For New Jersey employers who think they can ask for employees' Facebook passwords, they need to think again. Unless they want to face possible wrongful termination lawsuits, they are being told to take a step back. According to a new state law, workplaces in New Jersey can no longer demand that personnel share information that would allow employers to get into their personal Facebook accounts. If a worker is fired for not handing over a password, a wrongful termination claim could be made.
The new law is meant to protect the privacy of anyone who is working, or who is trying to find a job. Until this point, a New Jersey employer could feel free to require that workers or applicants for jobs hand over their passwords. Ostensibly, this was meant to check on the person's veracity, tenor, attitude, etc. Yet it was seen as incredibly invasive to some.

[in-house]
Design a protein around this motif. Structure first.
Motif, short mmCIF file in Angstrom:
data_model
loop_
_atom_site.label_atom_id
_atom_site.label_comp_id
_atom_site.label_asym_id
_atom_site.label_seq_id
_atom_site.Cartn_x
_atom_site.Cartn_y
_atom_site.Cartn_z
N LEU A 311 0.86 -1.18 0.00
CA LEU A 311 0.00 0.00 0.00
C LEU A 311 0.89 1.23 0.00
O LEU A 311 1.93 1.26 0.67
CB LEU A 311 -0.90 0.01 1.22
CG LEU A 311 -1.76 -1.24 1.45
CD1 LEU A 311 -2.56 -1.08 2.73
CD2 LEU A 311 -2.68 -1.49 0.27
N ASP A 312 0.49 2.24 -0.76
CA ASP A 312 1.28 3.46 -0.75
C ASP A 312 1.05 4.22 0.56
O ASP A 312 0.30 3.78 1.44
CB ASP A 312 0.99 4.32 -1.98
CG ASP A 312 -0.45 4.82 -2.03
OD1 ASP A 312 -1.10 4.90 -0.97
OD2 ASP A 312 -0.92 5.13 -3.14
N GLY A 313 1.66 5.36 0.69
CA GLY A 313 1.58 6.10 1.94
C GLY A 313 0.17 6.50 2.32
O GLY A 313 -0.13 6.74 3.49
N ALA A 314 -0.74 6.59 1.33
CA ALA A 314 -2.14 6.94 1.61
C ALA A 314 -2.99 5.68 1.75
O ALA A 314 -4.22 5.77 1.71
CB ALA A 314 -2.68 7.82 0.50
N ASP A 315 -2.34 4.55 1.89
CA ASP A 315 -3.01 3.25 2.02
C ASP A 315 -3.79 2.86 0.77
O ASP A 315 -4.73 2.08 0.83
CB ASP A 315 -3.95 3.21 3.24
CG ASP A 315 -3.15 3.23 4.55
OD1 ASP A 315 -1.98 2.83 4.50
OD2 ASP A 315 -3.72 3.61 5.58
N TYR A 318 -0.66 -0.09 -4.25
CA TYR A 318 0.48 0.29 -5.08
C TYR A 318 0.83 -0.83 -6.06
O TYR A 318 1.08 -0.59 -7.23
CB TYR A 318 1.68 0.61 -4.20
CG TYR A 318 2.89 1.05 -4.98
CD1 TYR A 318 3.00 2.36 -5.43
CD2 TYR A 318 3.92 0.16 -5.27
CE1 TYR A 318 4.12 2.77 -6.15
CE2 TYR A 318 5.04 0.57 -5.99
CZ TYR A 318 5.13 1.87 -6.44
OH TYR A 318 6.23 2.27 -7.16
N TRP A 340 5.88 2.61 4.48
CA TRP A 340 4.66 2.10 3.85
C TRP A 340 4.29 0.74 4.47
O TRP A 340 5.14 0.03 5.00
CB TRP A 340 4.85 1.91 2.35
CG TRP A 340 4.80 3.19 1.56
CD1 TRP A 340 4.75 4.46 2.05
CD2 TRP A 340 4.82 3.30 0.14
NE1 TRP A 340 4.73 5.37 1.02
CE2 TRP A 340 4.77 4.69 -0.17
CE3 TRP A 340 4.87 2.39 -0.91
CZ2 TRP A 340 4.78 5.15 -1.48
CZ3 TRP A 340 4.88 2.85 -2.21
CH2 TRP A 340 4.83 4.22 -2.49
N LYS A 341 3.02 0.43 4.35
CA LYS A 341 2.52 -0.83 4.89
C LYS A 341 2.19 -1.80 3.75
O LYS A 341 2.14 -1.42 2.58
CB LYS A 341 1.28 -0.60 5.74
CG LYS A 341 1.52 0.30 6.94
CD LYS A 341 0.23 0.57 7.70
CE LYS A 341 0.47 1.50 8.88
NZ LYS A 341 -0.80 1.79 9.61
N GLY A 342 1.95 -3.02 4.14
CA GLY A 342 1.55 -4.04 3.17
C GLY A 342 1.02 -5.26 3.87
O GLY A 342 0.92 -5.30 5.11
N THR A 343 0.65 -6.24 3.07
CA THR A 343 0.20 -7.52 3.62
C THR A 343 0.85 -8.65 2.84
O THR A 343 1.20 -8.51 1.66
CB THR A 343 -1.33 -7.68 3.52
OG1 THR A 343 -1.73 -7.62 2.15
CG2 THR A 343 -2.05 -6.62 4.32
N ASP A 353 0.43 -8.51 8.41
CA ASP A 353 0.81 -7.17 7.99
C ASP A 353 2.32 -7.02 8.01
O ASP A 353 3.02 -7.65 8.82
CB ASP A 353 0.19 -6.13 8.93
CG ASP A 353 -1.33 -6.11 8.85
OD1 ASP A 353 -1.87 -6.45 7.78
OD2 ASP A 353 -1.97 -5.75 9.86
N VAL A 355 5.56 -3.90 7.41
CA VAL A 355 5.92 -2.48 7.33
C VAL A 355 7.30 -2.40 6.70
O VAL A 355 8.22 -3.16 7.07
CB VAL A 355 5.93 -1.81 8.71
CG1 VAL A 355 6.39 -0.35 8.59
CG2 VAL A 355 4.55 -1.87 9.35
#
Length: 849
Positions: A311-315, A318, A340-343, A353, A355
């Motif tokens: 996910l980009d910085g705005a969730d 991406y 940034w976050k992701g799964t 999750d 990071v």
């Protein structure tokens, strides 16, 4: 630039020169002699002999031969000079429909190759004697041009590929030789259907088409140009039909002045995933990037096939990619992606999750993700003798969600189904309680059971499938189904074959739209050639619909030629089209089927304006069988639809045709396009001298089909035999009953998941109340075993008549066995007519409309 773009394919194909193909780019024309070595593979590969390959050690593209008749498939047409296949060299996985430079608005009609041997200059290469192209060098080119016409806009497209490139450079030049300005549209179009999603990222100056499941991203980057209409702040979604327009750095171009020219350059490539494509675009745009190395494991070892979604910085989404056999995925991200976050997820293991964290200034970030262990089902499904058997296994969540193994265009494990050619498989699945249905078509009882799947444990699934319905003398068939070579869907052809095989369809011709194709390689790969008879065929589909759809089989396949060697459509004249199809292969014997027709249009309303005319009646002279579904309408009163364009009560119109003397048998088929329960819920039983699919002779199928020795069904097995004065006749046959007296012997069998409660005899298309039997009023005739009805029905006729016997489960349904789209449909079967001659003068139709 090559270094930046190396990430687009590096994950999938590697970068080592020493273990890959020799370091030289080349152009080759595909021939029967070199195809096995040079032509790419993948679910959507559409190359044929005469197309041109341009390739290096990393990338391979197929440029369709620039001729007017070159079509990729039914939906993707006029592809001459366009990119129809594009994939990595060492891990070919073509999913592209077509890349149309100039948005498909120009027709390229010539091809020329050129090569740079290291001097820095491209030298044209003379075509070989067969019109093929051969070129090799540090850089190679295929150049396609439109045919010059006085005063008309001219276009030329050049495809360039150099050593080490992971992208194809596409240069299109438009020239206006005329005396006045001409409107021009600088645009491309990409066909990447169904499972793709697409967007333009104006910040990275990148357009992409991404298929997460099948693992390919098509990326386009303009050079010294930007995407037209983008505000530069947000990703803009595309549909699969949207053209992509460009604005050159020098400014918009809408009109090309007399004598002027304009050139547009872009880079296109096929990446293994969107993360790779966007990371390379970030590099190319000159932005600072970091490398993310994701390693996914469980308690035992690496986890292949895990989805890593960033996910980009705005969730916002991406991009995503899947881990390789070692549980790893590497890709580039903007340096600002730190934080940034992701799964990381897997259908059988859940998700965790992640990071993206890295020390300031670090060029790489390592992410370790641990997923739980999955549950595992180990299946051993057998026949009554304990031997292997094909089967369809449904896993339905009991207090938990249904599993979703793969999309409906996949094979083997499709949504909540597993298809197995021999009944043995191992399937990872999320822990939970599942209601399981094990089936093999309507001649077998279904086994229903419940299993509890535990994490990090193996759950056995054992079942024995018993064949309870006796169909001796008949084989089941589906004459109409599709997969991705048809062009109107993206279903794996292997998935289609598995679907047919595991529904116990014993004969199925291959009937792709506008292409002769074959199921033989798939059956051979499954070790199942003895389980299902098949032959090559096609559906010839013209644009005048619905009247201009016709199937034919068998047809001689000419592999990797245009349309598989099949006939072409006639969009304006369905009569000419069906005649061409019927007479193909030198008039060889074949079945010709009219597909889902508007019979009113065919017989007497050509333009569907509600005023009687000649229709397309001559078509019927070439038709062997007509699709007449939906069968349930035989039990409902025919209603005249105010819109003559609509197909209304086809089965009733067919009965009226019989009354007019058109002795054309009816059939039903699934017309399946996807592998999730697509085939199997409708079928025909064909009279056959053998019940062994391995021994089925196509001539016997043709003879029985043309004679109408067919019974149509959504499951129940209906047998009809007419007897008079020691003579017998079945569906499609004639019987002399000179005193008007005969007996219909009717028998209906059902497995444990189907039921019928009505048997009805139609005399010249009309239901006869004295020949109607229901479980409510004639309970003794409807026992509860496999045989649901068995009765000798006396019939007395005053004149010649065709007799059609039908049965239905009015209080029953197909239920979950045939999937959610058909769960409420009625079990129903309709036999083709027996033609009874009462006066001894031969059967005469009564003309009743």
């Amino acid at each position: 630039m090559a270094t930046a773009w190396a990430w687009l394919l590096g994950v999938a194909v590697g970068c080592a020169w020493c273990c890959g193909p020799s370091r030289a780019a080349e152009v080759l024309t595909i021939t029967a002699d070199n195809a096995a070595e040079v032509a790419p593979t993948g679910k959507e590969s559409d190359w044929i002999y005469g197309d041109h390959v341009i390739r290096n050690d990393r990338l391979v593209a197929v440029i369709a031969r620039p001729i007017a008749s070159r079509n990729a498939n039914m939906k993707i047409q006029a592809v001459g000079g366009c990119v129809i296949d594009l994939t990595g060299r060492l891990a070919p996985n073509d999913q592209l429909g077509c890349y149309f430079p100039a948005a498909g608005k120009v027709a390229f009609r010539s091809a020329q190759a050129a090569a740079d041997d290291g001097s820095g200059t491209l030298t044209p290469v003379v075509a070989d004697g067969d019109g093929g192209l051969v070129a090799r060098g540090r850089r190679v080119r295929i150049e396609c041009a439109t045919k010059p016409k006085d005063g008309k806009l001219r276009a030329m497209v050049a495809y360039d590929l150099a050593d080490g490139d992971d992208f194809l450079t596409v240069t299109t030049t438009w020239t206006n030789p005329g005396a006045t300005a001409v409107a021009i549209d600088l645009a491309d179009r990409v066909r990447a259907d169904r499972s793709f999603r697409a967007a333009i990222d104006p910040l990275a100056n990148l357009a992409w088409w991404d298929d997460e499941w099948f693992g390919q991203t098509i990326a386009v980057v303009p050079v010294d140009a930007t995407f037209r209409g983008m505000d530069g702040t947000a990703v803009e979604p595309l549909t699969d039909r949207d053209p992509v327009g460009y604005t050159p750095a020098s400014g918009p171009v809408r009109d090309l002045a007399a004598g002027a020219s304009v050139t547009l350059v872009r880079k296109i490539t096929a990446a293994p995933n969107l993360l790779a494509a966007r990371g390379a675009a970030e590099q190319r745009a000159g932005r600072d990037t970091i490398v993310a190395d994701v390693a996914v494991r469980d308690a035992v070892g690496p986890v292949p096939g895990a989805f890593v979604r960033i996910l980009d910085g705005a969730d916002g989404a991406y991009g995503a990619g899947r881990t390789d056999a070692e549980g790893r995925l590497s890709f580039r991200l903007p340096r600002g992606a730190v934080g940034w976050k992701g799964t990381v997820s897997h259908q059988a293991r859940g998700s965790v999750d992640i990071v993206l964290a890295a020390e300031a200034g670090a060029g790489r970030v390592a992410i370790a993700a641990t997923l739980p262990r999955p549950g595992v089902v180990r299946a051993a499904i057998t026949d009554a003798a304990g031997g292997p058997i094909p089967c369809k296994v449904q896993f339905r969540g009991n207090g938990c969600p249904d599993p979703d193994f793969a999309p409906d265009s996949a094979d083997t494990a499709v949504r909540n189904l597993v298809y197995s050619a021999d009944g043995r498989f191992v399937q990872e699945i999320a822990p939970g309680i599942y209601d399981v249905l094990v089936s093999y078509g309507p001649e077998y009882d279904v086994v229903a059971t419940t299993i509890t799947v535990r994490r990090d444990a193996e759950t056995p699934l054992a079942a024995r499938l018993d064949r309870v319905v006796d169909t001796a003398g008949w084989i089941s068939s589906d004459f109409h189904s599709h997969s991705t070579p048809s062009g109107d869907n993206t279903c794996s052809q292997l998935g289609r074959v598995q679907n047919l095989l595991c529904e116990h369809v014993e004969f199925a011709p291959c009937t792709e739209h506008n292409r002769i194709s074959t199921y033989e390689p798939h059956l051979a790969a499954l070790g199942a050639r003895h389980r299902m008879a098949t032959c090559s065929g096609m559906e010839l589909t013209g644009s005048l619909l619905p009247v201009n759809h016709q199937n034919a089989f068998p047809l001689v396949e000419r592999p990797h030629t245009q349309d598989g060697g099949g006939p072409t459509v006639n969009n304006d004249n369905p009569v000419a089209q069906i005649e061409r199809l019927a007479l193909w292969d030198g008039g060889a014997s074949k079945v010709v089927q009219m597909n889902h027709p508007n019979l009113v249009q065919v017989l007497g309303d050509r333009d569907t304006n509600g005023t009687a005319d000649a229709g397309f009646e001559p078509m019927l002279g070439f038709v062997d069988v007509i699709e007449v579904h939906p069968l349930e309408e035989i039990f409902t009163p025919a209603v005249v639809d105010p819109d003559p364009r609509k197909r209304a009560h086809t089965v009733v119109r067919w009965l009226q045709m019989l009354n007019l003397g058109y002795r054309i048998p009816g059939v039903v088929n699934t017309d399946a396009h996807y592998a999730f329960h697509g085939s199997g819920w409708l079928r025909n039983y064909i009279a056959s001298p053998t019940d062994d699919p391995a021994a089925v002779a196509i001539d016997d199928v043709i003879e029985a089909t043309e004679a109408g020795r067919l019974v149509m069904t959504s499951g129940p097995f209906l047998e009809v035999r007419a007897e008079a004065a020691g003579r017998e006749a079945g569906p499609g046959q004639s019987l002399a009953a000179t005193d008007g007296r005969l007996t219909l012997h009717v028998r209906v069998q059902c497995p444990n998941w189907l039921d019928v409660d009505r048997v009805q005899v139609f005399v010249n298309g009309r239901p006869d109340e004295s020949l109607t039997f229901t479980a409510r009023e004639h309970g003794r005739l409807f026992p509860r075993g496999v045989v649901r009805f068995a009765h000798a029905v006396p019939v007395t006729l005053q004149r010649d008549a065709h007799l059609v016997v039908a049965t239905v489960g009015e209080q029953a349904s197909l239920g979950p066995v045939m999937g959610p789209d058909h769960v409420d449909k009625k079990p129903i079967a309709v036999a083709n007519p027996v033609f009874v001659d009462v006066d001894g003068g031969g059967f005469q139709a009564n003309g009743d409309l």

Thus, this new law came into being. If an employer tries to threaten or coerce a worker, that worker has the ability to seek out legal recourse. The law also protects personal website log-in information. One caveat, however -- anything that is available on public Facebook pages can still be used by employers to determine employment statuses of workers or would-be workers. Consequently, it's critical for all social media users to evaluate carefully what they post.
This doesn't necessarily mean that wrongful termination lawsuits will begin to pop up left and right. However, it's important for any job seekers or staff members to know that they are now protected. If that protection is breached by the employer, and an employee loses a job as a direct result, the employee has the right to seek out legal recourse immediately.
Source: northjersey.com, NJ employers can't demand your Facebook password, under new law, Kathleen Lynn Staff, Dec. 2, 2013